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Magnum Opus

In "Las Vegas" and the Jesse Stone series, Tom Selleck reminds us why he is one of America's best-loved actors.
Betsy Model
From the Print Edition:
Tom Selleck, Nov/Dec 2007

(continued from page 5)

It's late August and, like the rest of the eastern seaboard, Halifax's weather is fluctuating wildly between thunderstorms and bright, crisp summer days and between stifling humidity and the occasional breezy morning. The film crew, led by Selleck, co-executive producer Michael Brandman and director Robert Harmon, are working day and night so they can stay on schedule and "can" the film in the production's allotted time frame and in Selleck's scheduled break from the set of "Las Vegas."

This is the fifth Jesse Stone movie that Selleck's filmed in Halifax in as many years and it's obvious that he's become pretty comfortable being in the seaside town just as the town's come to accept him and the inevitable hubbub that occurs when a film crew descends.

If there's one thing missing, Selleck and some of his guy friends grumble, it's a place to smoke a cigar.

"I don't crave fact, it's very uncomfortable smoking a cigar in an uncomfortable situation where you might think you're bothering someone. Now, Jillie doesn't mind. I mean, I don't smoke in the house very much, but she doesn't really care if I do. We've got high ceilings, an old Spanish house.

"Now Halifax," Selleck sighs, "is turning the way of the authoritarian mandate controlling smoking, which I don't really approve of, and it's getting very hard to find a place to smoke in. There used to be restaurants and smoking clubs. You know, it's moved beyond helping the public health and it's moved towards, you know, 'We're going to protect you from yourself.'"

Still, Selleck says, he's found outdoor areas where he can enjoy a cigar just to unwind a bit. "If I'm in a work situation I'll smoke cigars just because you have to wait around a lot. There's time if you've got a 45-minute set-up in between takes and you know your words and you know your character. The worst thing in the world to do is sit around doing your words and thinking about your character and getting nervous! At home if I'm in the normal mode I'll probably smoke three, four cigars a month. Here I'm smoking one a day, probably."

As for what he's smoking, Selleck doesn't hesitate. "I smoke Arturo Fuente cigars, the Don Carlos Robusto and the Short Story. And if that's all I had I'd be happy the rest of my life. [The Don Carlos is] always a good smoke. It's really a good cigar and I know the family. They're a terrific family. And even when they're hard to get, they kind of help me find some. So I'd say 90 percent of the cigars I smoke are those, the Don Carlos Robusto. And if I want a good short smoke, it's a Short Story. I've never had a bad smoke with a Don Carlos. I did a take yesterday and I stuck [one] on the foot part of my chair. I went in and did two or three takes, did the scene, came out, and it was still lit."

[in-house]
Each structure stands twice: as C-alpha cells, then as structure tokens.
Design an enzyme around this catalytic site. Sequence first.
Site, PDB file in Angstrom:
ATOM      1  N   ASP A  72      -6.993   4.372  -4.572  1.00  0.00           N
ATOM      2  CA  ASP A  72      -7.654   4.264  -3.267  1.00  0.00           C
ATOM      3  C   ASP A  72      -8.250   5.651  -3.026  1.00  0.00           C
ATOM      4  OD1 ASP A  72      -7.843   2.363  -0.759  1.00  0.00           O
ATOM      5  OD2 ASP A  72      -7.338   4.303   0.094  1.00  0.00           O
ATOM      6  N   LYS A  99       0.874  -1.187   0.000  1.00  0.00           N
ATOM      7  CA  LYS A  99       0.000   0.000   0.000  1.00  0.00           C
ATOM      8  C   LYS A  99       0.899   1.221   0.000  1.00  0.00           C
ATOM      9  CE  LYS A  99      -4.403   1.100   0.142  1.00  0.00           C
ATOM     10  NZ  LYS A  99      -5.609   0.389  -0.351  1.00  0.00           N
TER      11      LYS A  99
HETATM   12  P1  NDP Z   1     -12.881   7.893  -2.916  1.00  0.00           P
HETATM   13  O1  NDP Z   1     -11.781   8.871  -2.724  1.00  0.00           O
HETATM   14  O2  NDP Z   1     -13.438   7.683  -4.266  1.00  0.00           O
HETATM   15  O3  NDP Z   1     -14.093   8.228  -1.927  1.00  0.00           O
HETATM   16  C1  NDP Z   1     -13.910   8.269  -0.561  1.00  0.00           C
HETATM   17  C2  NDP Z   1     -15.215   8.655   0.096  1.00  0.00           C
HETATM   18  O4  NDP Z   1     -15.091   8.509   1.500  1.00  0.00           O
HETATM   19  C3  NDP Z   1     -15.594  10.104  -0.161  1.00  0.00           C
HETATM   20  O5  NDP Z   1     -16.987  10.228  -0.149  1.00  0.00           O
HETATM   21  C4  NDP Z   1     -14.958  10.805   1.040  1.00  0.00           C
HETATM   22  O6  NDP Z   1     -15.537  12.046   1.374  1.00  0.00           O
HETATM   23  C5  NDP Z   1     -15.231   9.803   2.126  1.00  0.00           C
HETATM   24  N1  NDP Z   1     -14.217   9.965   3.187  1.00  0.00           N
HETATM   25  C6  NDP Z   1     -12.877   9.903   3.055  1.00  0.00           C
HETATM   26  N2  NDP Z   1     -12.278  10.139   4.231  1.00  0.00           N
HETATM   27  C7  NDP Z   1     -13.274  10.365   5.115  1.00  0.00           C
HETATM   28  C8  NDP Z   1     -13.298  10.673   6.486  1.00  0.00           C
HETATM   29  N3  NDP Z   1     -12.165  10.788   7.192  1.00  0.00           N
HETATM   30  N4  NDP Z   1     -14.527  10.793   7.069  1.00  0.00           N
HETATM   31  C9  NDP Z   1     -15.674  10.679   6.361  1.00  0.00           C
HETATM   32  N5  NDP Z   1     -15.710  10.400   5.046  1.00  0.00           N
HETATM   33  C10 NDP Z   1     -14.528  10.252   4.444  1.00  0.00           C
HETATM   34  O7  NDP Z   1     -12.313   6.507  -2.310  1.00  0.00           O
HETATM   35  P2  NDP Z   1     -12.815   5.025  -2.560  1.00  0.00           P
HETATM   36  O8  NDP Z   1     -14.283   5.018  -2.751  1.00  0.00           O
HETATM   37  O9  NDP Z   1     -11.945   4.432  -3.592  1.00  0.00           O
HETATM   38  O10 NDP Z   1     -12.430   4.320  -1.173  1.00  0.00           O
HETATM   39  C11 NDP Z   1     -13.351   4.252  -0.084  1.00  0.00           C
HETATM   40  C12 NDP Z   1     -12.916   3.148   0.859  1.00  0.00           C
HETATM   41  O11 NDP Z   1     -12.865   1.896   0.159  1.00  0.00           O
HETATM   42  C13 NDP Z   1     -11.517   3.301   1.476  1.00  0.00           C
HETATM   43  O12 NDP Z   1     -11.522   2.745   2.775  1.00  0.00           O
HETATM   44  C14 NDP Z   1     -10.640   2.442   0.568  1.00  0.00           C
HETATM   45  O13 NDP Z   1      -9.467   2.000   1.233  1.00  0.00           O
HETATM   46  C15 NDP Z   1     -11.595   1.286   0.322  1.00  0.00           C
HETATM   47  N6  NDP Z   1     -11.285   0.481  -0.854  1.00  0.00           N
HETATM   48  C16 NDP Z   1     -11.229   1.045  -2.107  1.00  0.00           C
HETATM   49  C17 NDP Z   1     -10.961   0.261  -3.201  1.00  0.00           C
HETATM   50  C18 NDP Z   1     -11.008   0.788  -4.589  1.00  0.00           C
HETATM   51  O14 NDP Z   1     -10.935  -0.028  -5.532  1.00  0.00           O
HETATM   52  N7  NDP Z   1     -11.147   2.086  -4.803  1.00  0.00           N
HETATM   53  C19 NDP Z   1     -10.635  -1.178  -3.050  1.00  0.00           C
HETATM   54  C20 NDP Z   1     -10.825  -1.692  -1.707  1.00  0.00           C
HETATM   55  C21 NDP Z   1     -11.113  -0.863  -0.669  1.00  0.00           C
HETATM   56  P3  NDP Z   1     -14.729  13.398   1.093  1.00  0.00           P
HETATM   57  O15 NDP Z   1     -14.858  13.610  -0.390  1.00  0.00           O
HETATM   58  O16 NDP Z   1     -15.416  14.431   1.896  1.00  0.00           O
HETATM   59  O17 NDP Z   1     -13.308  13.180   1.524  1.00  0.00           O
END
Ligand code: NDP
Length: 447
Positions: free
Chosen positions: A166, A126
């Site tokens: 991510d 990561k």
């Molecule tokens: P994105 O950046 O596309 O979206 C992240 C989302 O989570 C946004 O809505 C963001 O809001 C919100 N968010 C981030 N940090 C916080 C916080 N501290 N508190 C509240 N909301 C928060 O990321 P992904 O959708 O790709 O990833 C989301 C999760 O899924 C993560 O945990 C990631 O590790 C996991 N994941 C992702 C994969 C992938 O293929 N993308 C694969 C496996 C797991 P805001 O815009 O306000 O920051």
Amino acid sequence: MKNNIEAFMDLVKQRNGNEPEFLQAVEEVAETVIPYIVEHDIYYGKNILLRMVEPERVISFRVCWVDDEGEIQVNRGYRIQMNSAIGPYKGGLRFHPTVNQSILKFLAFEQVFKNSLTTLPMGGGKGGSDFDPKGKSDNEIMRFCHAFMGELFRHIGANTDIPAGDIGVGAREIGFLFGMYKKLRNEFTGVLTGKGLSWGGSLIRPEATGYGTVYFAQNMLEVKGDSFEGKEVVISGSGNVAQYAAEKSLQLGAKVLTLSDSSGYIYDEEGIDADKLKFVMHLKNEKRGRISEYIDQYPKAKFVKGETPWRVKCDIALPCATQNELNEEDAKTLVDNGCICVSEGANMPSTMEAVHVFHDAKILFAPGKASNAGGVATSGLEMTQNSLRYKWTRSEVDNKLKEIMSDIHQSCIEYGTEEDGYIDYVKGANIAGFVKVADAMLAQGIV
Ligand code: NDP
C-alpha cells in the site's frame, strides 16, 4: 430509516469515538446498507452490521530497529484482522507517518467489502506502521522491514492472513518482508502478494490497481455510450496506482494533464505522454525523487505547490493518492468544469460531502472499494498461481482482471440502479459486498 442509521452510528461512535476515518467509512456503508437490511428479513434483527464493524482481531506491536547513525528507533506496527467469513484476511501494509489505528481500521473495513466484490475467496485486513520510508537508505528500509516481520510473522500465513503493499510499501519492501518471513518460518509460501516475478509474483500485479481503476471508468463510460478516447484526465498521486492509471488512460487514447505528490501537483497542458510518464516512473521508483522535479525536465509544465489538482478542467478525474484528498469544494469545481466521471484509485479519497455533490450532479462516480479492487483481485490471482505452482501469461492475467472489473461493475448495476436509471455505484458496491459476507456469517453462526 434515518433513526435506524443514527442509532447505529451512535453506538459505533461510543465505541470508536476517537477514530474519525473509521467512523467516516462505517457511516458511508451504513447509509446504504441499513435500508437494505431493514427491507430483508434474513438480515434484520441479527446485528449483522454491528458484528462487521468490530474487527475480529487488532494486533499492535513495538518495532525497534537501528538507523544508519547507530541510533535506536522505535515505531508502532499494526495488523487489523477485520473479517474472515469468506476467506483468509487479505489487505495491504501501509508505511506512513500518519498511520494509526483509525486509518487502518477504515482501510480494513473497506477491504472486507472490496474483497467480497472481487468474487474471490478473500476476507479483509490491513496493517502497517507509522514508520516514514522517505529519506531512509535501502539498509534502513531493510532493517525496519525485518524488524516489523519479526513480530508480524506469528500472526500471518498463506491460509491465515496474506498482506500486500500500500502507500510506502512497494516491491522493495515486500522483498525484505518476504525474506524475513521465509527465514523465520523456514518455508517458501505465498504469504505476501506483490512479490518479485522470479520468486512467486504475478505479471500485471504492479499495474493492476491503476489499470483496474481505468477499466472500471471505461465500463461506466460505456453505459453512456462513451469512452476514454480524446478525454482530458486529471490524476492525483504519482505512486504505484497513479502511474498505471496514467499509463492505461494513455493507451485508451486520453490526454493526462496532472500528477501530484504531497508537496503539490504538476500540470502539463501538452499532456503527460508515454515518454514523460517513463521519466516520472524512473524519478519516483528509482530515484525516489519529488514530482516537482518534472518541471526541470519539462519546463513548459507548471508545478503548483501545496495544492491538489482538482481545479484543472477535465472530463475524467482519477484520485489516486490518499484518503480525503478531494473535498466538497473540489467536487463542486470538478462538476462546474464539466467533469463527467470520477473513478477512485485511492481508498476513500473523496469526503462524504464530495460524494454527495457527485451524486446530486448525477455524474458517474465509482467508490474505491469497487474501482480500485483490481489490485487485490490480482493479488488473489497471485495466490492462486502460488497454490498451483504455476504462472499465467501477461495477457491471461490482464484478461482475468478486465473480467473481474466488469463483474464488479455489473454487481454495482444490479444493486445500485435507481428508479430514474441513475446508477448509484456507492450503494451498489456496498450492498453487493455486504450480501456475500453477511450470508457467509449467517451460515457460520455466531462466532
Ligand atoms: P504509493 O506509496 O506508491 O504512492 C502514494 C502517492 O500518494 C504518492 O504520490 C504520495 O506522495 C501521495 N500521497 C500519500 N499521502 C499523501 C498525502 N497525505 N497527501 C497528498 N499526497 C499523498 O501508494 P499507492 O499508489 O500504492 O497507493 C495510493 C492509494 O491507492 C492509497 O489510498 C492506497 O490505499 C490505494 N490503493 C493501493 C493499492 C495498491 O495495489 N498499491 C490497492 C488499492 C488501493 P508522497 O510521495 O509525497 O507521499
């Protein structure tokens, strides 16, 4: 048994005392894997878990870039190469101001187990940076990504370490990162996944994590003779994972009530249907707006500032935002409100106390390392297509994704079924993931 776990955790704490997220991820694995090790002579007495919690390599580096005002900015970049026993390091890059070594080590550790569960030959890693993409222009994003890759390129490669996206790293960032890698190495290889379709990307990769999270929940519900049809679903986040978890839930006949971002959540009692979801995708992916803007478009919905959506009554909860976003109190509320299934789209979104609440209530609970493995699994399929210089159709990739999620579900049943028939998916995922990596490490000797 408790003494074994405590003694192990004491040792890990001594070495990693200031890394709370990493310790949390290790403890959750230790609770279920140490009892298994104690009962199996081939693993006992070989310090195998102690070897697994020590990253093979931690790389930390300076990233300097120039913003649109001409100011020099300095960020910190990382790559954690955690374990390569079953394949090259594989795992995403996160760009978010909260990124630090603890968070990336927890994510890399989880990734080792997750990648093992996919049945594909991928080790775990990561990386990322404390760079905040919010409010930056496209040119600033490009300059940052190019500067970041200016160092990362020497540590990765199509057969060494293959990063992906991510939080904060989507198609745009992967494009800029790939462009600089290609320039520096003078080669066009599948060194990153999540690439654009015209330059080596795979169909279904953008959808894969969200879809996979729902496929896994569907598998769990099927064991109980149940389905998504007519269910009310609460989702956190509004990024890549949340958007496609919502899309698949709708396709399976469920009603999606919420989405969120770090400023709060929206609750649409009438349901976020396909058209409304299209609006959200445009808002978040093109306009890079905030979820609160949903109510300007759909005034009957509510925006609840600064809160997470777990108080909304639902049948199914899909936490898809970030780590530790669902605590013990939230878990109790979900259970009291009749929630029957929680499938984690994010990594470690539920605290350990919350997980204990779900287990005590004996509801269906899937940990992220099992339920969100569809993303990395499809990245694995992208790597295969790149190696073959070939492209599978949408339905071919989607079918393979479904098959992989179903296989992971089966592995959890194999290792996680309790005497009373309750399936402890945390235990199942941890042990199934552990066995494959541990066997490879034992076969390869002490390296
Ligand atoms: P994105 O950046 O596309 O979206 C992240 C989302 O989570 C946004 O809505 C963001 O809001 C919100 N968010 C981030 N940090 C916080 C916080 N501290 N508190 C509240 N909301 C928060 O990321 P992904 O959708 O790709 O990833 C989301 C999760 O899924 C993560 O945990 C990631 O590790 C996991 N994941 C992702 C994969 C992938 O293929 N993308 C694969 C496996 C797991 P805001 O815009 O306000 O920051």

Selleck used to be a big Cohiba fan, but says he's slightly less enthusiastic these days. "Look, I'm over the Havana thing. I've smoked some really good Havanas. I think they cost a lot, though. The cost of cigars influences me [some], but the Cohiba Robusto, especially when they first came out, I think they were better than they are now. That doesn't mean they aren't good now, [but] what I found basically with Cubans, which is frustrating, is you get an exceptional cigar but...quality control—wise for those prices, you're going to find some lousy smokes. If it's not taste, it's the way the cigar is made. It's got a tunnel or it's going to go out or it's going to drop. In a box you're going to have a certain amount of those, and you shouldn't. So that's always frustrating. But, you know, maybe they've corrected that now. There was a period, I heard, where the Havanas, they were rushing them to market, not aging them properly, stuff like that."

When it's pointed out that in Halifax he can pretty much buy whatever cigar he wants, Selleck doesn't miss the inference. "I'm not just running out and buying Cubans and trying to—for those Customs officials reading—I'm not trying to smuggle Cubans back into the United States. I'm pretty much a free-market guy," Selleck quips, "so it's not really patriotic."

More than 30 hours after this last conversation, it's hard to tell whether Selleck is simply feeling a little more relaxed and a little less guarded than usual or just that he's weary from a 14-hour day of shooting. Either way, it is after 10 o'clock at night, he's seated in front of an Italian seafood dish with a very nice glass of Riserva Ducale Chianti in his hand and, for whatever reason, Selleck suddenly feels as if he owes more than a general complaint about the privacy and safety issues that he's talked about and that come with being a public figure; he owes an example.

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